Study questions if parents responding to children’s depression and anxiety

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DENVER -- A new study showed many parents are in denial about their child’s depression and anxiety. “It does kind of wear on you,” said 14-year-old Aidan Maloof.

Aidan had a hard time in 8th grade when, instead of an engineering class, counselors put him in drama.

“With it being acting, there was ridicule about sexuality or various things,” said Aidan.

He said it was constant enough, he started questioning himself. “You really start doubting yourself and thinking, ‘Are they right? Am I not who I think I am,’” he said. “I became really lethargic and I didn’t want to do anything at all.”

But, Aidan built the courage to tell his mother and together, they got help.

“I think it knocked him for a loop and he couldn’t see the way out,” said mother Donna Hickey. “I was definitely concerned and that’s why we went to a therapist,” said Hickey.

But all parents are not the same.

A study by Yahoo Parenting and Silver Hill Hospital revealed nearly 65 percent of parents think their teen is suffering from depression or anxiety and nearly half of teens have confided in their parents.

But only 18 percent have been diagnosed.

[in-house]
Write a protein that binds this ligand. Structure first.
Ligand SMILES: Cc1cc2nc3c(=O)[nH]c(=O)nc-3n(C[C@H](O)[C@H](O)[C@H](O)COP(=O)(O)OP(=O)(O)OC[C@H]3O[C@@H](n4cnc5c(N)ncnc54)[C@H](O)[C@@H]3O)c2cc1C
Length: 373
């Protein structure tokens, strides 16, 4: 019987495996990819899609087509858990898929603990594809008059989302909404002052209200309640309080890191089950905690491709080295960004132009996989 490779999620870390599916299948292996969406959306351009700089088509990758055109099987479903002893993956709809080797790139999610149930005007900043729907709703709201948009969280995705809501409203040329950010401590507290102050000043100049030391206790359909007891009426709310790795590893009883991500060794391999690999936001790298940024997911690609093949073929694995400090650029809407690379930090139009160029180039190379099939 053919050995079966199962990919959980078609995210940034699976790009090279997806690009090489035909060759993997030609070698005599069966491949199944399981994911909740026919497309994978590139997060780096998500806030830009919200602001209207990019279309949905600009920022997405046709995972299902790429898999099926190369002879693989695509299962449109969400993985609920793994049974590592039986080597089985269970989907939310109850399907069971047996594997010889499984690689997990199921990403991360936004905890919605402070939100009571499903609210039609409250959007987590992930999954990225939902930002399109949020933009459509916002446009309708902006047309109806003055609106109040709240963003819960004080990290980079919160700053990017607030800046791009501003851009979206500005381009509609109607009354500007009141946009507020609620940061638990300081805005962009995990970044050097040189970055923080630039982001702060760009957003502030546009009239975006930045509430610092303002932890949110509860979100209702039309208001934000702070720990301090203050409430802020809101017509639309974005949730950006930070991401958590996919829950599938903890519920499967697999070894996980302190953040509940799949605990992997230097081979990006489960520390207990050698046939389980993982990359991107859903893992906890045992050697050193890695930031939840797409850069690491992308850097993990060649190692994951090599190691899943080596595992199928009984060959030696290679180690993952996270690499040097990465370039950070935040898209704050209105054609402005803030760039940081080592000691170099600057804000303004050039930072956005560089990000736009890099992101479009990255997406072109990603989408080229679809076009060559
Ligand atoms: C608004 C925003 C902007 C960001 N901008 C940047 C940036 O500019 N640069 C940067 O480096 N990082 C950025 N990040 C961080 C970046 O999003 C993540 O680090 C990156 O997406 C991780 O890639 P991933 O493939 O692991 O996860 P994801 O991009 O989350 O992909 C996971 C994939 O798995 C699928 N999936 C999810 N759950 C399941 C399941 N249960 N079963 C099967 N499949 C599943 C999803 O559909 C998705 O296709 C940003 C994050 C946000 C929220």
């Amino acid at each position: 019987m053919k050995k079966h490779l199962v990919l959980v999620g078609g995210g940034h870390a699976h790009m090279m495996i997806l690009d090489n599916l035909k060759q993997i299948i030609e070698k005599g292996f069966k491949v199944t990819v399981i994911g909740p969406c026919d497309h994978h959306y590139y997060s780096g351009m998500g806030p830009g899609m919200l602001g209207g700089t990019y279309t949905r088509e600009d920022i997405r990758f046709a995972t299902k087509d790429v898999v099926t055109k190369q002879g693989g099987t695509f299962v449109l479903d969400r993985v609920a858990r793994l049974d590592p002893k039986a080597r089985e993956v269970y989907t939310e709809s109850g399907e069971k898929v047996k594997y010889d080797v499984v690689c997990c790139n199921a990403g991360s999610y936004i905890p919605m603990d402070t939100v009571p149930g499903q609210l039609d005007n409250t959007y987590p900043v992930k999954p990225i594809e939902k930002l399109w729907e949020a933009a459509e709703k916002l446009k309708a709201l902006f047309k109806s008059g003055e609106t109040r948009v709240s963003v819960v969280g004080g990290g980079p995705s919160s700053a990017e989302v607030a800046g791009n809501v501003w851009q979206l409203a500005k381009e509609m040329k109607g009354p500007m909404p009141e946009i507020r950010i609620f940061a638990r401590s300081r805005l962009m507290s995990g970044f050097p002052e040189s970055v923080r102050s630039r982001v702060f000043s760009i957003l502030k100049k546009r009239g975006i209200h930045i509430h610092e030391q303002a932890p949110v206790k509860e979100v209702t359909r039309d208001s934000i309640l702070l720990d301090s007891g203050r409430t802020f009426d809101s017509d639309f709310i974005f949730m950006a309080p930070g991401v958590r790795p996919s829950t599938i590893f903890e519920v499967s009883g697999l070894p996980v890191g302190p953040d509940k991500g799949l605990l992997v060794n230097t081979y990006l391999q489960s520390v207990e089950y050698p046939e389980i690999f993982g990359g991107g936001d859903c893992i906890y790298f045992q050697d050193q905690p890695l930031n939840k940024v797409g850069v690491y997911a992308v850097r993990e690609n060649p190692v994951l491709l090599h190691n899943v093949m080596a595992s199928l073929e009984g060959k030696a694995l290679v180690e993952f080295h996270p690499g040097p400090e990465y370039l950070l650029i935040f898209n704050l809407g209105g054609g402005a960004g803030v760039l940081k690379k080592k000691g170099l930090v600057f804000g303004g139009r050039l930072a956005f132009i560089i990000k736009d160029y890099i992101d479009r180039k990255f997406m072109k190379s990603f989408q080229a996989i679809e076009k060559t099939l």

“The first thing they really need to do is not only listen to the word of their child, but actually watch their behaviors and take them really seriously,” said Dr. Sheryl Ziegler.

Ziegler said depression and anxiety are becoming more common in teens because of new-age issues.

“A lot of parents can’t even relate to the types of "stressors" that are going on between social media and between new trends on how kids actually deal with their sadness, such as cutting,” said Ziegler.

But despite the reasons why, she encourages teenagers to be brave and seek help, just like Aidan did.

“I’ve become a lot more confident as an individual,” Aidan said. “If you don’t talk to anyone, chances are the problem is going to continue to grow.”

Ziegler said parents should watch for a change in appetite, sleep and mood in their children.

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